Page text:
General English


  • The generic name for cheese in Balkan and some Slav countries

Cars & Driving

  • acronym forsupplementary inflatable restraint
    (written as SIR)
  • noun an air bag.


  • acronym forself-insured retention
    (written as SIR)


  • acronym forsurface insulation resistance
    (written as SIR)
  • acronym forsignal-to-interference ratio
    (written as SIR)
  • acronym forserial infrared
    (written as SIR)
  • A technology for providing a connection between devices supporting the use of infrared signals to convey information. Also, a device utilizing this technology. Its abbreviation is SIR.
  • The electrical resistance between two conductors separated by an insulator under specified electrical and environmental conditions. Its acronym is SIR.

Origin & History of “sir”

In common with many other European terms of address for men (such as monsieur and señor), sir goes back ultimately to Latin senior ‘older’ (source also of English senior). This was reduced in vulgar Latin to *seior, which found its way into Old French as *sieire, later sire. English borrowed this as sire (13th c.), which in weakly-stressed positions (prefixed to names, for instance) became sir. Other titles based on senior that have found their way into English include French monsieur (15th c.) (literally ‘my sire’), together with its plural messieurs (17th c.), abbreviated to messrs (18th c.); French seigneur (16th c.); Spanish señor (17th c.); and Italian signor (16th c.).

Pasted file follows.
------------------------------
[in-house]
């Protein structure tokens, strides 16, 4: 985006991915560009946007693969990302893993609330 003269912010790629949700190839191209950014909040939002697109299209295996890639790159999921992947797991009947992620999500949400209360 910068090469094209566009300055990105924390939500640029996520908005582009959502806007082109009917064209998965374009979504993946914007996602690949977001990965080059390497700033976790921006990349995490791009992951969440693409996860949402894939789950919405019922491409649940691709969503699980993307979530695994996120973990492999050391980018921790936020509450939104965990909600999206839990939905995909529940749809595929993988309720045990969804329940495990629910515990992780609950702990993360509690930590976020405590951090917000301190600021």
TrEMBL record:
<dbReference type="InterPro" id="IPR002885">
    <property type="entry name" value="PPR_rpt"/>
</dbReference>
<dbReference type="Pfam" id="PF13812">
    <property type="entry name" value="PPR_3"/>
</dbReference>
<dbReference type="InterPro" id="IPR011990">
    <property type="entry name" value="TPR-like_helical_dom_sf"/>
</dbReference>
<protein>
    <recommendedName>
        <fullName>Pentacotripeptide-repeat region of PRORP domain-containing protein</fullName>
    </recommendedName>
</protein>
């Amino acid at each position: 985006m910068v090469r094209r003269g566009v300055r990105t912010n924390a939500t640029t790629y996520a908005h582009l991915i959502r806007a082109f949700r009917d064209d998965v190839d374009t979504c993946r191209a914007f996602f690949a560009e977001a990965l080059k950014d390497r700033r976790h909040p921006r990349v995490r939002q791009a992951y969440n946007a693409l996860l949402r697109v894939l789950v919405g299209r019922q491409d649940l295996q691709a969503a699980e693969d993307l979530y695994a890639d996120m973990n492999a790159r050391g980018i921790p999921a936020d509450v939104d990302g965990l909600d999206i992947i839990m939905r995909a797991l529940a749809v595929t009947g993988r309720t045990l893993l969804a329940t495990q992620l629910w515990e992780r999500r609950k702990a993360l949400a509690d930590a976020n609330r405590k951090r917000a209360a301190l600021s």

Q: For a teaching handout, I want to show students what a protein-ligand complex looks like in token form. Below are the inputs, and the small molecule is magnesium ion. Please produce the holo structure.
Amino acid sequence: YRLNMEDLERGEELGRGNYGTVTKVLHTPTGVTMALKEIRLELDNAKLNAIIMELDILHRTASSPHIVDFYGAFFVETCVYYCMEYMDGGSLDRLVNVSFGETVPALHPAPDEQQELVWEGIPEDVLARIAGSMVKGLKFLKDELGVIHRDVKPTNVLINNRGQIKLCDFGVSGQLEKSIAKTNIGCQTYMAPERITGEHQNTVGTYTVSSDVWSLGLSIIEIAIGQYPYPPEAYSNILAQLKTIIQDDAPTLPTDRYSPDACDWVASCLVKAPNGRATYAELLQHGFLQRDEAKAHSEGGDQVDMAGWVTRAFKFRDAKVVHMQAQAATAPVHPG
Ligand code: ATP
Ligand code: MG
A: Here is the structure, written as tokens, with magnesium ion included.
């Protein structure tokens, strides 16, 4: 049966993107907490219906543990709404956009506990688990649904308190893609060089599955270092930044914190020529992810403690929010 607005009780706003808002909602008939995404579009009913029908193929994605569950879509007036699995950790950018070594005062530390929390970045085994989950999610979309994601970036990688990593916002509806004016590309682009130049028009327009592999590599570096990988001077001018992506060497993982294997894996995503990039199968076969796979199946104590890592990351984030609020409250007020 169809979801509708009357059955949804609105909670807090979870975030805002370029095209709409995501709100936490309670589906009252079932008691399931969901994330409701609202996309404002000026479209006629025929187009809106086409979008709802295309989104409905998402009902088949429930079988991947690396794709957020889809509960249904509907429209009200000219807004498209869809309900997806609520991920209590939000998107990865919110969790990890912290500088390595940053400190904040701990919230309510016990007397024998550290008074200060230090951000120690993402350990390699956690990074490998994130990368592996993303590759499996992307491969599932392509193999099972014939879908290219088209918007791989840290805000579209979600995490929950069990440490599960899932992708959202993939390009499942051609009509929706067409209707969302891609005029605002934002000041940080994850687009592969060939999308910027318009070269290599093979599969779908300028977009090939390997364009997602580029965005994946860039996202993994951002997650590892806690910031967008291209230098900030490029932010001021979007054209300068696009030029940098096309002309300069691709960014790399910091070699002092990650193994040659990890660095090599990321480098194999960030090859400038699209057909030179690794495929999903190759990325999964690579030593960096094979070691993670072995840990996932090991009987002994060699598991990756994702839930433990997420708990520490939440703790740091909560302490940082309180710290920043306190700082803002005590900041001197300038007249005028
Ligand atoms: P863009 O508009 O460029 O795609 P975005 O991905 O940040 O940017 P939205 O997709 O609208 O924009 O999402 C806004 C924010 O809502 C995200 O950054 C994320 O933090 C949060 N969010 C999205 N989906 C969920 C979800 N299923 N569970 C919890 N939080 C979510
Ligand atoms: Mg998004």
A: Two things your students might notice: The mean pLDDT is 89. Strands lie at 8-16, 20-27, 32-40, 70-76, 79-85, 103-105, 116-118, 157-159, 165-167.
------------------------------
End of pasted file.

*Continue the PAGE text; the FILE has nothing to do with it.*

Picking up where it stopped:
Surly (16th c.) is an alteration of an earlier sirly ‘lordly’, a derivative of sir. The meaning ‘grumpy’ evolved via an intermediate ‘haughty’.